Know your tracks is important and lion spoor is an unmistakable large pug. Knowing the direction of travel and how fresh the track is will be important in finding the lions. If the track is fresh and headed towards you, the lion probably got off the road upon hearing your vehicle. Its worth back tracking to see if it's back on the road or waiting quietly for it to reappear.  

Lions being creatures of the night and visitors not being allowed to drive in the dark (in national parks), makes seeing lions in action a real challenge. Leaving early (as possible) is a key to locating lions while they are still active, before the sun comes up. If you have gathered the bush intelligence on where the lions are and leave early (really early) you increase your chances of seeing lions that are still active. Once the sun comes up and the lions gather under a tree, the best you are going to see is a sleeping lion which really is not much fun.  
Sleeping lions are not much fun!

When you see lions it’s useful to gather further intelligence such as are there mating lions, are there suckling cubs, is there a kill nearby, have they eaten recently , all of which indicates the lions are unlikely to move.  If the sighting is at a random spot its’ worth noting where the nearest water source is, which way are the lions heading, where are the prey animals in relation to the lions, all of which could indicate where the lions are headed next and a possible second and better sighting.
Mating lions will seldom leave the immediate area.

Lions are pretty relaxed around cars and will seldom run off in the bush to get away from vehicles in major national parks. If there are hunting concessions and human activity around they can get skittish.  Having said this, always give them space so they are able to relax and not focus on the vehicle. A relaxed pride of lions will give you the best opportunity to get your shots of lion interaction. If you get too close the cubs especially, are bound to freeze and focus on the vehicle. 
Serengeti lions are very relaxed around vehicles and are known to use the shade of vehicles to rest.

Best lion sightings: Seronera, Serengeti NP, Tanzania.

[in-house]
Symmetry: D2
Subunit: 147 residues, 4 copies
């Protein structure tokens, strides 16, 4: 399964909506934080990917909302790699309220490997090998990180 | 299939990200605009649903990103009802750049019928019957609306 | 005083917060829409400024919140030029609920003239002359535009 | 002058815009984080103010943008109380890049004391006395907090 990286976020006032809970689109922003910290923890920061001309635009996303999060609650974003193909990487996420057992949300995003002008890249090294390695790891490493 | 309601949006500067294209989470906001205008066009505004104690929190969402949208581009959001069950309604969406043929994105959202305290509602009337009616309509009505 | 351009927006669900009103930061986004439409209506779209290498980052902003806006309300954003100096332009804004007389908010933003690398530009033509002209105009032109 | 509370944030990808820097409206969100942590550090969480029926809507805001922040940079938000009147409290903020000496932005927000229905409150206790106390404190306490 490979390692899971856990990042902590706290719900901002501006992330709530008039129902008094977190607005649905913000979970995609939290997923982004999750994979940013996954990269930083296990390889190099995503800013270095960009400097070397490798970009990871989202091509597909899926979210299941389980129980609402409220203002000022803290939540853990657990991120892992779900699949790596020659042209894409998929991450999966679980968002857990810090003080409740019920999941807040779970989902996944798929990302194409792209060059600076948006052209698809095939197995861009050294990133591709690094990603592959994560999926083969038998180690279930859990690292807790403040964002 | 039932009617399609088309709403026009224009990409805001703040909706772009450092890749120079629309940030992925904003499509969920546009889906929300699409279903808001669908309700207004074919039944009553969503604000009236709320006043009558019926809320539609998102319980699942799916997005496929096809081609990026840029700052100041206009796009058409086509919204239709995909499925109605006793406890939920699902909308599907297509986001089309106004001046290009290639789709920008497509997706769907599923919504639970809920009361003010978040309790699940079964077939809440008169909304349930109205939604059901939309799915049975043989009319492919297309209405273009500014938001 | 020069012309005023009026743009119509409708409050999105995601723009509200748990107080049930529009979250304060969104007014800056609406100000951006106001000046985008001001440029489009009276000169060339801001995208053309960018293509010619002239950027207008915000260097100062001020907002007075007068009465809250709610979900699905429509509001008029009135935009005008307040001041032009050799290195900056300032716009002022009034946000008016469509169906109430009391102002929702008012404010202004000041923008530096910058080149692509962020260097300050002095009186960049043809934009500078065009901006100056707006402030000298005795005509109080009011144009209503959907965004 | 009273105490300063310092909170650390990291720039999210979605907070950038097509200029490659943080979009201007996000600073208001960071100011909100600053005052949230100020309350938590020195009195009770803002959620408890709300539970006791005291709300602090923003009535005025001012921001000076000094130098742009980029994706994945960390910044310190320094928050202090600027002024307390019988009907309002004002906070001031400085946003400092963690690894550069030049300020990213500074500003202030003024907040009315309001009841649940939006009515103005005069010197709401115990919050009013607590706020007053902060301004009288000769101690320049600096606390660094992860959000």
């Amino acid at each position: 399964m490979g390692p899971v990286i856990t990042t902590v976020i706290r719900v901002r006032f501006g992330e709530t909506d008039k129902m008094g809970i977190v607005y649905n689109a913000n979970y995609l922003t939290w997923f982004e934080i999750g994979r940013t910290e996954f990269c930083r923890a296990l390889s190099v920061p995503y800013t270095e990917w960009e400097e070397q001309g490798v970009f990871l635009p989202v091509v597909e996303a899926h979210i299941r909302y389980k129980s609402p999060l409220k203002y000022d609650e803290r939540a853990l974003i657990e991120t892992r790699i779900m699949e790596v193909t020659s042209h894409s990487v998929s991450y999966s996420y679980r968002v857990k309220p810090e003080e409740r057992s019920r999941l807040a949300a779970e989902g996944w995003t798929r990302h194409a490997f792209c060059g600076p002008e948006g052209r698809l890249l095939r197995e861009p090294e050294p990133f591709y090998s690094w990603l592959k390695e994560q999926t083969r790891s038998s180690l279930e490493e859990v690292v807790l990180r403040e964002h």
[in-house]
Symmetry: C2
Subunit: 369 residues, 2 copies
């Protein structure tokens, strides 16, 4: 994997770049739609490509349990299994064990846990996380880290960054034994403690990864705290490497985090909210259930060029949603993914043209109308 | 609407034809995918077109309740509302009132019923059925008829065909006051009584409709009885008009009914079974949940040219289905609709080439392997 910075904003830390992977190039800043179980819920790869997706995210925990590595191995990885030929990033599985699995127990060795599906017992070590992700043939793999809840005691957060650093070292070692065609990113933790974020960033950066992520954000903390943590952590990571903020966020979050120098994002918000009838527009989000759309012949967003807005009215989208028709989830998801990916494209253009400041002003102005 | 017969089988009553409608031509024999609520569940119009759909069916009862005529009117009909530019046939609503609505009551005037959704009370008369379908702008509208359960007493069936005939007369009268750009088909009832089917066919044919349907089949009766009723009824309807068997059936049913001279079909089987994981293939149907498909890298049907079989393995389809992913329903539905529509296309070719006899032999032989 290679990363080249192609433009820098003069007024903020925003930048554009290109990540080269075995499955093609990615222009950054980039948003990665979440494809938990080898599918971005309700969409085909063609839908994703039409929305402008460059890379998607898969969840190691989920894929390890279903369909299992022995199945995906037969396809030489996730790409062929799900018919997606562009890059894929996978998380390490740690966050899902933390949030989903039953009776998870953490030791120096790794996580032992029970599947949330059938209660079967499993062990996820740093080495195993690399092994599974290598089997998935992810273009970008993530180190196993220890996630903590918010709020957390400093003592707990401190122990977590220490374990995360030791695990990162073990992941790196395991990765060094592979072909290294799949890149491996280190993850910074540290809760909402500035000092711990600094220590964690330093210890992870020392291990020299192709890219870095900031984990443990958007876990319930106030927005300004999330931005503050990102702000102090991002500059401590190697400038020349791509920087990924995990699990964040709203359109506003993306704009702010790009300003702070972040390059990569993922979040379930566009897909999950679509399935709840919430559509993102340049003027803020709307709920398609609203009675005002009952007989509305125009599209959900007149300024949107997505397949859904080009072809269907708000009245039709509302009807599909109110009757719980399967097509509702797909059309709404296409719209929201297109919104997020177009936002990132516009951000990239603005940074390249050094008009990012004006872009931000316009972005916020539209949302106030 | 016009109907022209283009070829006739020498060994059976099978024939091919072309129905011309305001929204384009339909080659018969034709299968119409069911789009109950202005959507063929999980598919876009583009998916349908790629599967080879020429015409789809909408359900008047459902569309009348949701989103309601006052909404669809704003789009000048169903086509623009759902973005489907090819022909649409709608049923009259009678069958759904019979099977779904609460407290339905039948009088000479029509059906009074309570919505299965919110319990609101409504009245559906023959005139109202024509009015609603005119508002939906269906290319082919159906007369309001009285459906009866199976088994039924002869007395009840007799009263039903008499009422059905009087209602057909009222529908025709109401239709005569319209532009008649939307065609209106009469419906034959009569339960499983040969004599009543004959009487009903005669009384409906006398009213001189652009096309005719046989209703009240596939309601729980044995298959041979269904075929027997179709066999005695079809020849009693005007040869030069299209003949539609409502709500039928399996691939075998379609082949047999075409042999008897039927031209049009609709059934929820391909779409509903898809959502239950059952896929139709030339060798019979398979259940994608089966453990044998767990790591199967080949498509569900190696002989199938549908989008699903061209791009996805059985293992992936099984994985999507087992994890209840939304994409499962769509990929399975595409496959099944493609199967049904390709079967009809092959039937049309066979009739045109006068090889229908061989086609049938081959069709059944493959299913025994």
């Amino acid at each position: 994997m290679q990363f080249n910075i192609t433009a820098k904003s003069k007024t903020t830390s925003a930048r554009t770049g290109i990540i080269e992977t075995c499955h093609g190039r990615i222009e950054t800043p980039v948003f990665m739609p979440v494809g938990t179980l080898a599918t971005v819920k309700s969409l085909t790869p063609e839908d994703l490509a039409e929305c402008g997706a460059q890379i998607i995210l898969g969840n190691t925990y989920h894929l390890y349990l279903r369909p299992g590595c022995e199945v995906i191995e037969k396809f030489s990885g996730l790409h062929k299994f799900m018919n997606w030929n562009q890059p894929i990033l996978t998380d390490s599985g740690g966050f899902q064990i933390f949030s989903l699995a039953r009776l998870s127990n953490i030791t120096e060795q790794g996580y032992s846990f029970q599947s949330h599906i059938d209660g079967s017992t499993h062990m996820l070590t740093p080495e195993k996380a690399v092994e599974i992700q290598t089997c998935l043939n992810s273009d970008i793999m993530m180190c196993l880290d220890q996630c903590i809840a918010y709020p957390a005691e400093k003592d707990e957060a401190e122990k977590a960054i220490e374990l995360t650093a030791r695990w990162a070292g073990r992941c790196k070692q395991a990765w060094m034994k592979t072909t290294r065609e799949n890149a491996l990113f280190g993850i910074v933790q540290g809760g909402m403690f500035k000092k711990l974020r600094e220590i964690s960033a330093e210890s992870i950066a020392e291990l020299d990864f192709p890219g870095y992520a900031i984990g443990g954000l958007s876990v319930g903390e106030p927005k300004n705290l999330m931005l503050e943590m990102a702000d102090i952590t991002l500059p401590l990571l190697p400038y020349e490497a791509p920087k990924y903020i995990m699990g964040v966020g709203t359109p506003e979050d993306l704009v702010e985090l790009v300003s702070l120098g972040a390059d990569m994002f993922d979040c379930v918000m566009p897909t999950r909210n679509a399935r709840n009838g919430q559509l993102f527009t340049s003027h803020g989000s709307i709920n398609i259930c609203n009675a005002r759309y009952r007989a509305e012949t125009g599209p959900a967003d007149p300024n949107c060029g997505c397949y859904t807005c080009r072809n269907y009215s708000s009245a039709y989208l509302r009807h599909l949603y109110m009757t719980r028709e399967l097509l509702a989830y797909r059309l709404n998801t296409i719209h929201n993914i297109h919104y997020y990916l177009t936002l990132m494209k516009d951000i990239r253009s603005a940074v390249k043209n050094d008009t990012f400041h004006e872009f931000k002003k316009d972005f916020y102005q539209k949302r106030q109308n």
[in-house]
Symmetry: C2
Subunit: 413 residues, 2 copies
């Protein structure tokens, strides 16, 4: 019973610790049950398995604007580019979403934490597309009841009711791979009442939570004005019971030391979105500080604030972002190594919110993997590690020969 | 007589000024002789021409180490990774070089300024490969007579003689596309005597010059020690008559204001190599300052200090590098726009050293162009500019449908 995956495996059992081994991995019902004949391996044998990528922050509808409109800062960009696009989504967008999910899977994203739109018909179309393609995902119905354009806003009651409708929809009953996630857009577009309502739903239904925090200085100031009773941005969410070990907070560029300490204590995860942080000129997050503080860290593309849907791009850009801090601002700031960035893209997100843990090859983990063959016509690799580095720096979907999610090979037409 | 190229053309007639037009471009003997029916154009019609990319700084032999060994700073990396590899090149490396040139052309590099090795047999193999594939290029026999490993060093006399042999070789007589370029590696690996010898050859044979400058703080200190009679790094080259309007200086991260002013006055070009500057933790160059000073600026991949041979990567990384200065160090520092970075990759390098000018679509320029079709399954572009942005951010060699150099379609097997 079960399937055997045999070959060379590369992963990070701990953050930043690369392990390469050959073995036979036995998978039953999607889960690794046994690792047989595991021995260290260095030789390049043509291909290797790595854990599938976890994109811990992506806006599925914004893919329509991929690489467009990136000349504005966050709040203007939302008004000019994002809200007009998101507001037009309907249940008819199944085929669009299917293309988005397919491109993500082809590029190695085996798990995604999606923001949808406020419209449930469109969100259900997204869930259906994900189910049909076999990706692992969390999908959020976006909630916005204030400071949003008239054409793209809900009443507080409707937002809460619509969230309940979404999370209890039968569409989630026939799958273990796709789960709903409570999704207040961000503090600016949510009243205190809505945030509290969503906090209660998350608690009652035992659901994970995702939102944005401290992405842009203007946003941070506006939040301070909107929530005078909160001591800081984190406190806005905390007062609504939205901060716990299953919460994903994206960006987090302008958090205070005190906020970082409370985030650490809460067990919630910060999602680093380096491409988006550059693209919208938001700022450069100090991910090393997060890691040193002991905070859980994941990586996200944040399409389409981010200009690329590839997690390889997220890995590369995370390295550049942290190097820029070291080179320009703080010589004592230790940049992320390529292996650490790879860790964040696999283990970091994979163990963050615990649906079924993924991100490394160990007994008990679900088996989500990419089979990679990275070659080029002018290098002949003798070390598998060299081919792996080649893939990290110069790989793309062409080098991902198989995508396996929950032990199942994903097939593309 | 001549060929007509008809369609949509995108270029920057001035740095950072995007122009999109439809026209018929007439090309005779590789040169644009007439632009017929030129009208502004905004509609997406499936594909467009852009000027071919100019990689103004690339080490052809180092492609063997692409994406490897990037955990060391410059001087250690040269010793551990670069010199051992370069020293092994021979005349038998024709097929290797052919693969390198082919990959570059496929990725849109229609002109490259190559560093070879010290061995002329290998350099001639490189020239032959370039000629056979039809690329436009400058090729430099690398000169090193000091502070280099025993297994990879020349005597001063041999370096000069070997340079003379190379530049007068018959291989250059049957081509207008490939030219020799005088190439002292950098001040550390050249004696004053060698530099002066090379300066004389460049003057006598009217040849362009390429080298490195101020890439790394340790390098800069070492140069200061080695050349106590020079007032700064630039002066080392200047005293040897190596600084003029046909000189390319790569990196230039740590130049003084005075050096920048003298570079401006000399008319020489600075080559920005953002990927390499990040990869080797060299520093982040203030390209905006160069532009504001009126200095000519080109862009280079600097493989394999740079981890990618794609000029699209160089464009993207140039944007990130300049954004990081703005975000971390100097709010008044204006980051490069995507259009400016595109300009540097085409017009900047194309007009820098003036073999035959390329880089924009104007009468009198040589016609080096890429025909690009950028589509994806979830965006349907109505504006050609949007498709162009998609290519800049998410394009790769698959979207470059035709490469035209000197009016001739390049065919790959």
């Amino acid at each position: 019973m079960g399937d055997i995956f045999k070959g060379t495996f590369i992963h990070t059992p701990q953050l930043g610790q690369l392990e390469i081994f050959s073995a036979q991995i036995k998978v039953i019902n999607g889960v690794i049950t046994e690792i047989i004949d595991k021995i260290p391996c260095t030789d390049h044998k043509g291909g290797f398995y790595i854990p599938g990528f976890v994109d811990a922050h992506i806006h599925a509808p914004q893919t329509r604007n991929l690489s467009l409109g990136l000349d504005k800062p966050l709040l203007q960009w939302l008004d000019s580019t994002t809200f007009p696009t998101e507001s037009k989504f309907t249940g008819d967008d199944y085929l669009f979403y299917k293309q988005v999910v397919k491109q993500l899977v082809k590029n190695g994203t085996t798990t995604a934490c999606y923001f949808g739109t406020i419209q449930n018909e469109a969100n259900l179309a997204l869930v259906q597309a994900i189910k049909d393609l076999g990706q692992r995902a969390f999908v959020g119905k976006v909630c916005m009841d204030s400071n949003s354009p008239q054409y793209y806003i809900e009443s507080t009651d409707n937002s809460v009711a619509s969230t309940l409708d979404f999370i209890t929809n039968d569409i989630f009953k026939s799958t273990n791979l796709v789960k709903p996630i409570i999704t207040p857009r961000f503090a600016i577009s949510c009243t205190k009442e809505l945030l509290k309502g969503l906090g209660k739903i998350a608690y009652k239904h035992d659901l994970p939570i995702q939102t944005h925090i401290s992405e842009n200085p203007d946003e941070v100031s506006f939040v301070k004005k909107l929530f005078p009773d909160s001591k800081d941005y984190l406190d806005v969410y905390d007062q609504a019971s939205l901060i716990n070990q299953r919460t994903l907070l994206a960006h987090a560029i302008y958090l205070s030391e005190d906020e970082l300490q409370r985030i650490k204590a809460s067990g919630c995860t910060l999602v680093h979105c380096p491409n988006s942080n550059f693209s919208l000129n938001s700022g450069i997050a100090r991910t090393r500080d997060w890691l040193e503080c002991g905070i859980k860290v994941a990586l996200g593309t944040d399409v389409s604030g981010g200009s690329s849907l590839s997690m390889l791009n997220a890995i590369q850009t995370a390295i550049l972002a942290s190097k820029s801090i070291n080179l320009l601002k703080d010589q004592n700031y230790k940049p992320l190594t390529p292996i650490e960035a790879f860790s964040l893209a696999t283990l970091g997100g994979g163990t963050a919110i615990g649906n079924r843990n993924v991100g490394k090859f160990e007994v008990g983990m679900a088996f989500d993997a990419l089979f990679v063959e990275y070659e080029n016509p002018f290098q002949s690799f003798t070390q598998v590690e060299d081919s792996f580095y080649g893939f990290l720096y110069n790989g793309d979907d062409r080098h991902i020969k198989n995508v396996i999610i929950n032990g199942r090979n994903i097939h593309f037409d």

A rare sighting of a leopard in the clear in good light.

Easily the most elusive and prized sighting in the bush and almost impossible to track. Even if you are able to get information on recent sightings and hang outs, leopards are hard to find. Leopards being elusive and stealthy, makes these cats really hard to locate and when located, often hard to get clear shots. The best way to find a leopard is to find a kill up in a tree, to which the leopard is almost certain to return but again good luck as this is a rare sighting.
Unmistakable evidence of a leopard kill but this leapord never gave us a sighting.

Being a night creature, once again your best chances are first thing in the morning, before sun up. If you miss them at sun up your next best shot is up a tree during the day. If you don’t look hard enough you will miss a leopard in a tree as they can disappear in to a tree with amazing ease. Unlike Lions, Leopards usually are not blatantly obvious to spot and often at a sighting, we wonder how many Leopards we may have driven past without noticing them. We have known an instant where several game drive vehicles failed to notice a leopard in a tree despite being parked right next to it and watching a waterhole. We have also pointed out a leopard in a tree to game drive vehicles who have failed to see it!  

Leopard in a tree is difficult to spot unless you have a keen eye.

Leopards hardly call and in all our travels we have only ever heard a leopard once and yes, it was in the dark. Its’ an unmistakable ‘wood sawing’ sound which is hard to explain but obvious when you hear it.
The Serengeti leopards are relaxed around vehicles, this leopard walked between several vehicles before sitting next to ours'.
Best leopard sighting: Seronera, Serengeti, Tanzania.

Elephant interactions are great to watch.

The easiest animal to find provided there are elephants around! Usually they wonder far and wide but need to drink daily and thus a water source is a good option to catch elephant sightings. Elephants will drink at the least obvious place but they usually prefer easy landings with a gentle slope to the water, especially a herd with babies. It’s easy to note where the elephants regularly drink as they are destructive and leave plenty of signs of their presence and it’s fair to assume if the elephants are around they will drink daily.